How To Reduce Your Risk Of Hospitilization

How To Reduce Your Risk Of Hospitilization

The Real Sweet Spot in Reducing Hospitalizations

Recently the press have been catching wind to a trend of insurance companies recognizing that coordinating care outside of the hospital equates to lower hospitalizations.

Clearly phone follow-ups (also known as tele-care management) are an important element of keeping the chronically ill healthy and at home.  However, for patients who can’t self-direct their care, phone follow-up has limited value – which is of interest when you consider that the top 5 percent of the population, accounts for 49 percent of health care expenditure.

That top 5 percent consists of patients who have multiple chronic conditions that are complex to treat.  For these patients and their families, a hospitalization is not only costly, but also takes an emotional toll.    The much talked about phenomenon of hospital delirium affecting one in three over 70 is one of a long laundry list of factors.

For these reasons, over the last ten years SeniorBridge has been developing a model of service provision that incorporates a multidisciplinary professional team of health providers who offer care management, caregiving and care monitoring services for those with chronic complex health illnesses.   The data are compelling.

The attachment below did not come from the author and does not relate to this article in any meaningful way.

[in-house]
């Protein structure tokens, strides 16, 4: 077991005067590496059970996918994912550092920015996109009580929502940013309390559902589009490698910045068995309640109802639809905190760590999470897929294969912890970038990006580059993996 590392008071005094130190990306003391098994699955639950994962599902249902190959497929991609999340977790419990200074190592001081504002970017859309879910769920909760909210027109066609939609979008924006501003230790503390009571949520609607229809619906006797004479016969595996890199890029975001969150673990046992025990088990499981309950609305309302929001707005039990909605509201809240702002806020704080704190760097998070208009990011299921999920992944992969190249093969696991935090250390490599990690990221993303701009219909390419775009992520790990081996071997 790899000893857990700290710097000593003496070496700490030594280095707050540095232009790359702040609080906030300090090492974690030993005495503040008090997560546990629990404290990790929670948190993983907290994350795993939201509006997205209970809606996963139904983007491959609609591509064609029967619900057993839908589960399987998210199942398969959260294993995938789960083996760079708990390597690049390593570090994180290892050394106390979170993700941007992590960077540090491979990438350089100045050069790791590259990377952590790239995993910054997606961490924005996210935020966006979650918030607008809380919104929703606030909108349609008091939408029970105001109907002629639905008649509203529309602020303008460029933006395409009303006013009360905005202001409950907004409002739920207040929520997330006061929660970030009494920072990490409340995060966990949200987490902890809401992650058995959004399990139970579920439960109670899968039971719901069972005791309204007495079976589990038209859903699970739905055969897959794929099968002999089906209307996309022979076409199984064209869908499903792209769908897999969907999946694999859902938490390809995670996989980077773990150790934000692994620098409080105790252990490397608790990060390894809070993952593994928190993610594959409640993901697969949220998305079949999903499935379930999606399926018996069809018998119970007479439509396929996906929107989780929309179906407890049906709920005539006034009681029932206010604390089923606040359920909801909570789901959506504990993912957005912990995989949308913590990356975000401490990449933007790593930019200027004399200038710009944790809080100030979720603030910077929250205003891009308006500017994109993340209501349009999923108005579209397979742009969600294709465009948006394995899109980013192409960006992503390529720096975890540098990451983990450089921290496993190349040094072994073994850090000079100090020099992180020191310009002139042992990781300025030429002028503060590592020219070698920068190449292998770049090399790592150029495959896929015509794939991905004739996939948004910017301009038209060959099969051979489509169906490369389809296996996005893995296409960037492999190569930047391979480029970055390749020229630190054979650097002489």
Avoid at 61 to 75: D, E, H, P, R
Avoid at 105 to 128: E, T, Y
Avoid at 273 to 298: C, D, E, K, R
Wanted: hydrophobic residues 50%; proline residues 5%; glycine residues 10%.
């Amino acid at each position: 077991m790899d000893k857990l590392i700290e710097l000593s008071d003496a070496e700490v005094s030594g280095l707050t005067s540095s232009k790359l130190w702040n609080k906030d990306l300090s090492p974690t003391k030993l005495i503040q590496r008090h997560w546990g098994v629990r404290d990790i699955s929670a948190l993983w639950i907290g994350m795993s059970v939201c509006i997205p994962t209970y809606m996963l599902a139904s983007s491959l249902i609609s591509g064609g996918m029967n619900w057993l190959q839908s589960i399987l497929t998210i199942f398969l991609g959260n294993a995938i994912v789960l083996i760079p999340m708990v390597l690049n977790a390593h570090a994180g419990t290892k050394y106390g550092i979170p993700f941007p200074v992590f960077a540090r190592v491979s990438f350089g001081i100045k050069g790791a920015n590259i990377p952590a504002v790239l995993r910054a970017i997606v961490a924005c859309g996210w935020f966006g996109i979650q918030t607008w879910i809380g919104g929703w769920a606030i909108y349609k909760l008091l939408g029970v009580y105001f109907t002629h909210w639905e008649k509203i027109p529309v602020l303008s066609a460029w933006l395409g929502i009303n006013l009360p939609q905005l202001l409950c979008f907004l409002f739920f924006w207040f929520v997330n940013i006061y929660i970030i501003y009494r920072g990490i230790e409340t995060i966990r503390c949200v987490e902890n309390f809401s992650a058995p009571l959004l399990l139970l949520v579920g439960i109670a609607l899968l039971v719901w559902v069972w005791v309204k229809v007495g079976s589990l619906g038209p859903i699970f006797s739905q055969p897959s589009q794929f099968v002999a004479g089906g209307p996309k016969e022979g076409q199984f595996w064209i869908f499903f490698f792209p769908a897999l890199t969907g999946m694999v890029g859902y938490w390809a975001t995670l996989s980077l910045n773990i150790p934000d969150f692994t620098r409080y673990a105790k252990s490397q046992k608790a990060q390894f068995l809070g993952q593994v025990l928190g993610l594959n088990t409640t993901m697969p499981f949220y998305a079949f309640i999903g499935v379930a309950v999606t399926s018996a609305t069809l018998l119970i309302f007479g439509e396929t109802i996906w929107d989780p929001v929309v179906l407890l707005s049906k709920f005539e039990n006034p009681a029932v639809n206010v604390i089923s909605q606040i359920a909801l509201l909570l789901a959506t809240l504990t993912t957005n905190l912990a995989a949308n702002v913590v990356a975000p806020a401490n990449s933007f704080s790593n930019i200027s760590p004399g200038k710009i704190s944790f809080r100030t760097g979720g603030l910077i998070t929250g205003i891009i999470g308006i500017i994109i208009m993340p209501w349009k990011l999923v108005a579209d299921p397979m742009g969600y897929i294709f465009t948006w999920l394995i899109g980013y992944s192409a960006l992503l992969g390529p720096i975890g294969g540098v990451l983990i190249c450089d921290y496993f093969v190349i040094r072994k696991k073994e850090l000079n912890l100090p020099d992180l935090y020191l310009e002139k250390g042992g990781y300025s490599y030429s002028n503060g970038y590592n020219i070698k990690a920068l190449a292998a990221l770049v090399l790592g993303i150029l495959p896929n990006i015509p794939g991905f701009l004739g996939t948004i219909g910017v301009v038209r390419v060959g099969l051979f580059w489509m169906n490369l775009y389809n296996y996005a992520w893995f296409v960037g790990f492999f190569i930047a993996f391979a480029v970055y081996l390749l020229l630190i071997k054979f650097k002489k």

In a review of SeniorBridge client records that were on service for a year, health outcomes were considerably better than those reported in the general Medicare population.  SeniorBridge clients with chronic illnesses who are 65 years and older have 82% fewer hospitalizations and 92% fewer visits to the emergency room, as compared to Medicare beneficiaries with chronic illnesses  Additionally, SeniorBridge clients have 46% fewer re-hospitalizations than reported in the recent study published in the New England Journal of Medicine.  These outcomes demonstrate that there is both a quality of life and economic benefit to the high-touch approach to in-home care that is provided by a team of healthcare professionals, coordinating care with the physician and the family support system.

In the words of The New York Times‘ Reed Abelson:

“(Insurance companies) are giving primary care doctors more help — and more money — to take care of the sickest patients and help prevent them from becoming sicker.  Otherwise, insurers know they risk being overwhelmed by rising health care costs as an older, sicker population copes with serious chronic conditions. “

We’re honored to be helping address that trend.

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